Chemists achieve molecular editing feat
Chemists from Scripps Research and the University of California, Los Angeles, have developed methods for the precise, flexible modification of a broad class of chemical compounds called bicyclic aza-arenes, which are commonly used to build drug molecules.
The landmark achievement, reported August 9, 2022, in Nature, reflects a powerful new approach that generally offers much easier and more flexible molecular design, enabling chemists to synthesize innumerable chemical products — including potential blockbuster drugs — that were previously out of reach.
“These new methods effectively give chemists a unified, practical, late-stage ‘molecular editing’ toolkit for modifying bicyclic aza-arenes at desired sites in any desired order — greatly expanding the diversity of drugs and other useful molecules that could be built from these popular starting compounds,” says study co-leader Jin-Quan Yu, PhD, the Bristol Myers Squibb Endowed Chair in Chemistry and Frank and Bertha Hupp Professor of Chemistry at Scripps Research.
Yu and his lab collaborated on the research with the lab of Kendall Houk, PhD, Distinguished Research Professor in the Department of Chemistry and Biochemistry at UCLA. The first authors of the study were postdoctoral researchers Zhoulong Fan, PhD, and Xiangyang Chen, PhD, of the Yu and Houk labs respectively.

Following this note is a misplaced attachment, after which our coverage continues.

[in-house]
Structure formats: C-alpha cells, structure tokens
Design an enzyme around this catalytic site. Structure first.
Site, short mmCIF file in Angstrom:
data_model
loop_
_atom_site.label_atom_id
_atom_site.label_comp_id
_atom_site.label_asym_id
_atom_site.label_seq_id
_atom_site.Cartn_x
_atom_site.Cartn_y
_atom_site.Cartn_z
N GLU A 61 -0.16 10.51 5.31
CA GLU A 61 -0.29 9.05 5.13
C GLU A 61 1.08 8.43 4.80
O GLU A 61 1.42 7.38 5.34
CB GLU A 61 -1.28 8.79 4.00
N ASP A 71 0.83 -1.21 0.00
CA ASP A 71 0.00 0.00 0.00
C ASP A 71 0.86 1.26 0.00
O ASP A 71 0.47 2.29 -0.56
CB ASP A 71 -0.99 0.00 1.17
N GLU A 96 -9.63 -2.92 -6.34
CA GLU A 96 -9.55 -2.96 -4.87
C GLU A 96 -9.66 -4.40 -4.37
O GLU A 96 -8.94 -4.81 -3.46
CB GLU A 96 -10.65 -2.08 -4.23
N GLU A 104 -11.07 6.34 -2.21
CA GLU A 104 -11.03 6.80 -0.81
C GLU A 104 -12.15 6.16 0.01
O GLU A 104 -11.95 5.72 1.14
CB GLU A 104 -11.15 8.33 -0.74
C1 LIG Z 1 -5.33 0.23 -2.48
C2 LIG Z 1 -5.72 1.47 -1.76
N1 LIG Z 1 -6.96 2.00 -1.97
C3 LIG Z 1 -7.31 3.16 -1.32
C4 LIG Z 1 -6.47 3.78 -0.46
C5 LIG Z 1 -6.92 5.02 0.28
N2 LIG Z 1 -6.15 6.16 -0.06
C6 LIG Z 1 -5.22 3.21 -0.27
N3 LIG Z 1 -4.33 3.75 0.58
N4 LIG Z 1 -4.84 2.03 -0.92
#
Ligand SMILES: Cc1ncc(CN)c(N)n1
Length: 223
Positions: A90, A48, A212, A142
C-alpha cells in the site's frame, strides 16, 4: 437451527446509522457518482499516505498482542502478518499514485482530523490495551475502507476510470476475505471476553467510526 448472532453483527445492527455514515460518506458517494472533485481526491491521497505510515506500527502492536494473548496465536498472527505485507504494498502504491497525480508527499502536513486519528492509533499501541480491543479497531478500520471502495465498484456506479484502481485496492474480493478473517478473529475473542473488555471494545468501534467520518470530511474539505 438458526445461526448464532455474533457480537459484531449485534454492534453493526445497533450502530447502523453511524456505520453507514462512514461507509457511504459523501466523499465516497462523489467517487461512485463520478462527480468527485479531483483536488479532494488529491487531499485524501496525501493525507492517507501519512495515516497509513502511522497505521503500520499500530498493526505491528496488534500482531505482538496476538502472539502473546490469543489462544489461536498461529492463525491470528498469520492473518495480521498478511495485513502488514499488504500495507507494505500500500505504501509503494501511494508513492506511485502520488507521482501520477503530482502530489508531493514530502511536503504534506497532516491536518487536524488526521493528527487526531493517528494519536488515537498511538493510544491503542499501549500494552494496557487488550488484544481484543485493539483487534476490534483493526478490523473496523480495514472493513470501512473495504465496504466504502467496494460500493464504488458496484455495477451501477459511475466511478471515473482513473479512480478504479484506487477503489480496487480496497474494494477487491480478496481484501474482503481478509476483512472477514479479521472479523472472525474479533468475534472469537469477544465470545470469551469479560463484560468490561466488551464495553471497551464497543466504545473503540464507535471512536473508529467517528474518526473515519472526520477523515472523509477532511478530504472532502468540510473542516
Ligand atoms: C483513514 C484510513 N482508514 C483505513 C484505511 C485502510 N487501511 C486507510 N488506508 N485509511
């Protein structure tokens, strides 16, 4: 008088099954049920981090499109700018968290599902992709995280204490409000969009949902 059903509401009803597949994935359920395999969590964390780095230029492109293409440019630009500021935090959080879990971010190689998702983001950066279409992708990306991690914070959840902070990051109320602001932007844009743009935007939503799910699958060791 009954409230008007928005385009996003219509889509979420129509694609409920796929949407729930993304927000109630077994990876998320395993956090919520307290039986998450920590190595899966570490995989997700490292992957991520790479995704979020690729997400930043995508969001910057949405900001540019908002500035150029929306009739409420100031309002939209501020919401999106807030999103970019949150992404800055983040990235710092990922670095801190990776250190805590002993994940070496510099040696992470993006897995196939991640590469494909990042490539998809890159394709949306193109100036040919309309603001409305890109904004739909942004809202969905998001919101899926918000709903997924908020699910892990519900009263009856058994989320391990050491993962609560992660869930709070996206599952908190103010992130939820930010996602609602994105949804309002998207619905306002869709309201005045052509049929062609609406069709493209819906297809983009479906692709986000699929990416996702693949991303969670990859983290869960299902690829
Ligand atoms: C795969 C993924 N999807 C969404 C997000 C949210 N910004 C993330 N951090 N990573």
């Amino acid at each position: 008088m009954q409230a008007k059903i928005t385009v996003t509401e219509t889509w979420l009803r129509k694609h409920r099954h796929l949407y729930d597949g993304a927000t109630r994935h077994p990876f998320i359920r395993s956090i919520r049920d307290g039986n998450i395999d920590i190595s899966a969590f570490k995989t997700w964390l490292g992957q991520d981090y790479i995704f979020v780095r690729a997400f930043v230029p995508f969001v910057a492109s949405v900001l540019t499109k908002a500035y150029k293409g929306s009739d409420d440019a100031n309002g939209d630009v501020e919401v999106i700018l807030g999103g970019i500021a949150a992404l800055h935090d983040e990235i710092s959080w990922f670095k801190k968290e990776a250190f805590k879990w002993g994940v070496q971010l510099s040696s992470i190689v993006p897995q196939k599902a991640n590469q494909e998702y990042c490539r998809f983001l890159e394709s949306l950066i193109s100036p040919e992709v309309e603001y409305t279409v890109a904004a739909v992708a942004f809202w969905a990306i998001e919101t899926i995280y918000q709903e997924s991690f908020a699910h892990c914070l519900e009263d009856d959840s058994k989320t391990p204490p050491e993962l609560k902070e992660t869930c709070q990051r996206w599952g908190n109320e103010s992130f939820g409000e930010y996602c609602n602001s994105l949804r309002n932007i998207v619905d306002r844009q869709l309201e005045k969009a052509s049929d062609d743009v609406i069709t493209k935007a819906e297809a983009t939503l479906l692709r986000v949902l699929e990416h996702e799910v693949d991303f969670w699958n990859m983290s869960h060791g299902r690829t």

Building organic molecules with laboratory chemistry techniques, a practice known as organic synthesis, has always been more challenging than building things at macro scale. Down at the molecular scale, how sets of atoms move and bond to each other is governed by a highly complex mix of forces. Although chemists have developed hundreds of reactions that can transform starting compounds into other compounds, they have lacked toolkits for modifying widespread carbon centers containing carbon-hydrogen bonds only.
The ambitious goal, or “Holy Grail,” of many synthetic chemists has been to develop flexible and universal molecular editing methods that modify as many carbon atoms as possible at any site by breaking carbon-hydrogen bonds in the starting molecules. Specifically, synthetic chemists have wanted to, in a streamlined and easy way, modify the atom of their choice — typically carbon — on the backbone of a given organic molecule, and to modify more than one of these carbon atoms on the molecule, and in any order. This ability would make the construction of new molecules as straightforward as creating a sentence by changing individual words at will. But the difficulty of devising reactions that can direct a modification to one specific atom, and not others that may be virtually identical in traditional chemical terms, has tended to make the concept of molecular editing seem like an impossible dream.
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